The Central Student Government voted down a proposed resolution on Oct. 7 to condemn the killing of Michael Brown and to stand in solidarity with the protestors of Ferguson, Missouri. Michael Brown was a Black teenager who, though unarmed, was shot and killed by Officer Darren Wilson in Ferguson. In response to his death, the protesting citizens of Ferguson were met with forceful police action of various forms including tear gas and detainment. This has lead to a national debate on police militarization and legal treatment of minorities.
The CSG resolution was proposed Sept. 16 and then postponed from a Sept. 23 meeting to last Tuesday. Though three amendments were passed, the overall resolution was ultimately rejected. It’s reasonable to assume that the extensive scope of political and legal complexities and unknowns surrounding the events in Ferguson fall outside of the CSG’s capacity and role on campus. However, a lack of explanation from CSG has caused an outrage amongst members of the student body, who are questioning the rationale behind the decision.
Regardless of whether or not the resolution should have been passed, CSG has begun to demonstrate a patterned failure to clearly communicate with students, a key factor in public backlash and anger. Following the rejection of last Tuesday’s resolution to stand in solidarity with the people of Ferguson, little to no public explanation was offered for the decision. Similarly, in March 2014, a lack of official explanation or statement was offered following CSG’s decision to table a high profile resolution backed by Students Allied for Freedom and Equality. The resolution called for the University to divest its interests in companies accused of violating human rights of Palestinians in the West Bank and Gaza. CSG initially decided to permanently table the resolution without any clear justification. This resulted in a response from hundreds of students, including members of SAFE and its supporters to have a sit-in at the Michigan Union in protest.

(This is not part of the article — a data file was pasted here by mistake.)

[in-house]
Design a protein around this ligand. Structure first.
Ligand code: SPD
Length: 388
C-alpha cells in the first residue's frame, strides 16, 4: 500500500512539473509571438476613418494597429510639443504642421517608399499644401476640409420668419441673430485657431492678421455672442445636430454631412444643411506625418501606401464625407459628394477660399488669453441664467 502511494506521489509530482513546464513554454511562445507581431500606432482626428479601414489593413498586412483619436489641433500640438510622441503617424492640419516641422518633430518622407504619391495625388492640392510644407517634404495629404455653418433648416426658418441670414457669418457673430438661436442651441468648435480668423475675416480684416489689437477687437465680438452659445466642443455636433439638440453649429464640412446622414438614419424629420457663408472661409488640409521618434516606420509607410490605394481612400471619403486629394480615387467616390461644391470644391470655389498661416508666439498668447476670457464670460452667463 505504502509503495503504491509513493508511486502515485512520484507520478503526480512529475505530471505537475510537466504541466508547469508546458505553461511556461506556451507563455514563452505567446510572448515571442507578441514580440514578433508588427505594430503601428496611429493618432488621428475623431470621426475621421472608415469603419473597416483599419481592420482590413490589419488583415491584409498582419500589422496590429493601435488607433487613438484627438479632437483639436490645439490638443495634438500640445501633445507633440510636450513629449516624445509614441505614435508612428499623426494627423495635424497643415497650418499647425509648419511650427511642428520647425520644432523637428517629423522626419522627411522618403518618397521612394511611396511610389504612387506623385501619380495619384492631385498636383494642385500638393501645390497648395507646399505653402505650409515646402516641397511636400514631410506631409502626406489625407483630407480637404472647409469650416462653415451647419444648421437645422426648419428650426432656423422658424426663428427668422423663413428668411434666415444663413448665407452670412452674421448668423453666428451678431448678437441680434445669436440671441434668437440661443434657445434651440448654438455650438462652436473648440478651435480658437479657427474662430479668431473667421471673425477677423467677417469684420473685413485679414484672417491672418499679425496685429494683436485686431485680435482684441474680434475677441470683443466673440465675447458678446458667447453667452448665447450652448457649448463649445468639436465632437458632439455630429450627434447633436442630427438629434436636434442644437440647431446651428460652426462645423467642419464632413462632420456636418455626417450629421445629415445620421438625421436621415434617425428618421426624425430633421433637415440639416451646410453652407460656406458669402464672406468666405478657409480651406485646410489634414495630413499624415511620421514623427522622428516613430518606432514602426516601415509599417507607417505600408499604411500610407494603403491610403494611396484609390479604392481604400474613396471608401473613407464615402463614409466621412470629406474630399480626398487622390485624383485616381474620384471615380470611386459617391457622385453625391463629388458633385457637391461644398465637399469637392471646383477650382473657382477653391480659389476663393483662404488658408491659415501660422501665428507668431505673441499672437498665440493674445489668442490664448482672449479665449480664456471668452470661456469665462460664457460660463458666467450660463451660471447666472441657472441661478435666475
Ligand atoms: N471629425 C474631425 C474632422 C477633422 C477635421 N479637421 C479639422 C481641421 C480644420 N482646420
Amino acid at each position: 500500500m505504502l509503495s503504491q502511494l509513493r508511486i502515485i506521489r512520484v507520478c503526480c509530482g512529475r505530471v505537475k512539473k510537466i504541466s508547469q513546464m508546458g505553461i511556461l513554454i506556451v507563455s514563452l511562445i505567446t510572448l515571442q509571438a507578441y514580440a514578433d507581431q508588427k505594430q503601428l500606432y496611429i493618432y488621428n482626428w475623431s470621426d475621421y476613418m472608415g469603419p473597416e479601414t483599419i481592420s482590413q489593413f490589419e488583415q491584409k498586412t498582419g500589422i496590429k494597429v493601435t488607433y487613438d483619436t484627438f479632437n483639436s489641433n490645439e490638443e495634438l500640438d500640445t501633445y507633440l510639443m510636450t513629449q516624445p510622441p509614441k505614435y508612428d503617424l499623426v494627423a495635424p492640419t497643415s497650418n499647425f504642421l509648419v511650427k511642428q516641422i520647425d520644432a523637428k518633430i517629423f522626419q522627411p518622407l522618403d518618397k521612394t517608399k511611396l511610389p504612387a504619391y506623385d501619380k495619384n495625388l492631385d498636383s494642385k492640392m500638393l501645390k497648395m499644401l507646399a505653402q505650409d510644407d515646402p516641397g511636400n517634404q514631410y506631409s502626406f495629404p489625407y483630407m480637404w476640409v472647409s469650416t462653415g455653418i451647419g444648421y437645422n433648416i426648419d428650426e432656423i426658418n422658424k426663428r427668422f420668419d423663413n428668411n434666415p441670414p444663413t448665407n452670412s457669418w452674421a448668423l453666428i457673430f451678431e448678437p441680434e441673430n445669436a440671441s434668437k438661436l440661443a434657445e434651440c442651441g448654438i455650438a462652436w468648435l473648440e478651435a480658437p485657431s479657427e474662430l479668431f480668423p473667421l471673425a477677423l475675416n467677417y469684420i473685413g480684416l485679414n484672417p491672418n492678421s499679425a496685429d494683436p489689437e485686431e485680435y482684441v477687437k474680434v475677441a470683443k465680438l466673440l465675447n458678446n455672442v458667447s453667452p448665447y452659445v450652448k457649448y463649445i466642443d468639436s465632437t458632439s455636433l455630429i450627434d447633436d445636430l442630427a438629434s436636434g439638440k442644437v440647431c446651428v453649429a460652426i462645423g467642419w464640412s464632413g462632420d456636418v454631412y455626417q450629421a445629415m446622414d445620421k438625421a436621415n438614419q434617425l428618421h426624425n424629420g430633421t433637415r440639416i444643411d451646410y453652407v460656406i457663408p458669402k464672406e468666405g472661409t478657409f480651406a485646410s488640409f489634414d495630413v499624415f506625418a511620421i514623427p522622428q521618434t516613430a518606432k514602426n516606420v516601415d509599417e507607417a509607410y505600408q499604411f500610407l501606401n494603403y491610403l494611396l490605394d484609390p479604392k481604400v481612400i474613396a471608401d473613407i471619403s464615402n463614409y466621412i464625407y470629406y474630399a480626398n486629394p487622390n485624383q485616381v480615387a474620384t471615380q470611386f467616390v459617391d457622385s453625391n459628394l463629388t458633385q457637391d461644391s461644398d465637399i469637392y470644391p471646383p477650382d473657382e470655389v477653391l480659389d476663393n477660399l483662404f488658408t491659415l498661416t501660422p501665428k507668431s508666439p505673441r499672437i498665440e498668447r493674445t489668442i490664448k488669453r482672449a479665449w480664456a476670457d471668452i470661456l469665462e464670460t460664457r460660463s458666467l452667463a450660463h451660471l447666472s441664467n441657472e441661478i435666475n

In addition to these incidents, while the CSG website does provide detailed minutes of Student Assembly meetings, it only lists meetings up to April 2014. After cross checking with documented Student Assembly minutes, it appears that the most current resolution posted on the website is from February 2014.
Passing down judgment and decisions without a clear explanation leaves the rest of the student body in the dark. Rejected resolutions receive little feedback and thus no direction for how to edit, rewrite or proceed with their championed cause. Unexplained rejections or approvals of resolutions create a sense of randomness to the process, as few people outside the Student Assembly and CSG understand the underlying logic.
Though members of the Central Student Government shouldn’t be expected to give individual explanations, after each vote over a resolution a spokesperson for the majority opinion in the Student Assembly should consider providing a statement for why they came to their decision. This would allow for increased transparency and could provide the student body with closure and allow for improvements to rejected resolutions.
In general, there have at times been a relative disconnect between the student body and CSG that needs to be mended, and CSG can begin this process by improving communication.